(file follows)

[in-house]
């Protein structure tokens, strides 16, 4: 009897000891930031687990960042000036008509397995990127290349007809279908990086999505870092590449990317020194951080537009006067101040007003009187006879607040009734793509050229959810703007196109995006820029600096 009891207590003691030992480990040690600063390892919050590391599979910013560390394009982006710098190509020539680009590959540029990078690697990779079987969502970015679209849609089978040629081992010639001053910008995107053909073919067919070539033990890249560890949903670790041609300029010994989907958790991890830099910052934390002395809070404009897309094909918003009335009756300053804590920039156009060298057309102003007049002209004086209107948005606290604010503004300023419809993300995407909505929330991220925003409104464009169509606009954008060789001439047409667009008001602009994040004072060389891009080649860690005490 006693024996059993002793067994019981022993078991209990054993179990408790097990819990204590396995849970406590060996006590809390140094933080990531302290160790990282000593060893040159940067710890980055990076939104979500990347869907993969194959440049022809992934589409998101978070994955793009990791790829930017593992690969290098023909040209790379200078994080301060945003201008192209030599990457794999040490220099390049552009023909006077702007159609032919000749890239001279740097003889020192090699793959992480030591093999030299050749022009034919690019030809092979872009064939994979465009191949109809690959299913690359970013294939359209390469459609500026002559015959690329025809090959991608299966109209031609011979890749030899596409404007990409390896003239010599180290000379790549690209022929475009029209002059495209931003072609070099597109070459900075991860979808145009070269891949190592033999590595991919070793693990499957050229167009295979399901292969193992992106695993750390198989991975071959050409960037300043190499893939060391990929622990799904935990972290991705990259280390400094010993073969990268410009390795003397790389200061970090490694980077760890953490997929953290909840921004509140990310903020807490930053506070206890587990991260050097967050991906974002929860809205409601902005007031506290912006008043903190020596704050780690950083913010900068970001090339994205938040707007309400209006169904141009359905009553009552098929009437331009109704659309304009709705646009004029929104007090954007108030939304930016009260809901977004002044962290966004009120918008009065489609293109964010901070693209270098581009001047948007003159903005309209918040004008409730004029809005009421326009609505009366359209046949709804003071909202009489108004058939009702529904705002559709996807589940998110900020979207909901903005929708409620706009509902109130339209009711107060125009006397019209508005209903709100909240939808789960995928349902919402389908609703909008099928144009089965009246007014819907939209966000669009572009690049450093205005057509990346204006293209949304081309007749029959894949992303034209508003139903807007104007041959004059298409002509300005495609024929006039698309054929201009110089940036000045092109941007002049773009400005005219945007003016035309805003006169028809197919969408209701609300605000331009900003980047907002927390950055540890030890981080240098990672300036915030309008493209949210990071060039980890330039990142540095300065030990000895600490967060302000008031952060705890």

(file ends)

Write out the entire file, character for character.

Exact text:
[in-house]
């Protein structure tokens, strides 16, 4: 009897000891930031687990960042000036008509397995990127290349007809279908990086999505870092590449990317020194951080537009006067101040007003009187006879607040009734793509050229959810703007196109995006820029600096 009891207590003691030992480990040690600063390892919050590391599979910013560390394009982006710098190509020539680009590959540029990078690697990779079987969502970015679209849609089978040629081992010639001053910008995107053909073919067919070539033990890249560890949903670790041609300029010994989907958790991890830099910052934390002395809070404009897309094909918003009335009756300053804590920039156009060298057309102003007049002209004086209107948005606290604010503004300023419809993300995407909505929330991220925003409104464009169509606009954008060789001439047409667009008001602009994040004072060389891009080649860690005490 006693024996059993002793067994019981022993078991209990054993179990408790097990819990204590396995849970406590060996006590809390140094933080990531302290160790990282000593060893040159940067710890980055990076939104979500990347869907993969194959440049022809992934589409998101978070994955793009990791790829930017593992690969290098023909040209790379200078994080301060945003201008192209030599990457794999040490220099390049552009023909006077702007159609032919000749890239001279740097003889020192090699793959992480030591093999030299050749022009034919690019030809092979872009064939994979465009191949109809690959299913690359970013294939359209390469459609500026002559015959690329025809090959991608299966109209031609011979890749030899596409404007990409390896003239010599180290000379790549690209022929475009029209002059495209931003072609070099597109070459900075991860979808145009070269891949190592033999590595991919070793693990499957050229167009295979399901292969193992992106695993750390198989991975071959050409960037300043190499893939060391990929622990799904935990972290991705990259280390400094010993073969990268410009390795003397790389200061970090490694980077760890953490997929953290909840921004509140990310903020807490930053506070206890587990991260050097967050991906974002929860809205409601902005007031506290912006008043903190020596704050780690950083913010900068970001090339994205938040707007309400209006169904141009359905009553009552098929009437331009109704659309304009709705646009004029929104007090954007108030939304930016009260809901977004002044962290966004009120918008009065489609293109964010901070693209270098581009001047948007003159903005309209918040004008409730004029809005009421326009609505009366359209046949709804003071909202009489108004058939009702529904705002559709996807589940998110900020979207909901903005929708409620706009509902109130339209009711107060125009006397019209508005209903709100909240939808789960995928349902919402389908609703909008099928144009089965009246007014819907939209966000669009572009690049450093205005057509990346204006293209949304081309007749029959894949992303034209508003139903807007104007041959004059298409002509300005495609024929006039698309054929201009110089940036000045092109941007002049773009400005005219945007003016035309805003006169028809197919969408209701609300605000331009900003980047907002927390950055540890030890981080240098990672300036915030309008493209949210990071060039980890330039990142540095300065030990000895600490967060302000008031952060705890």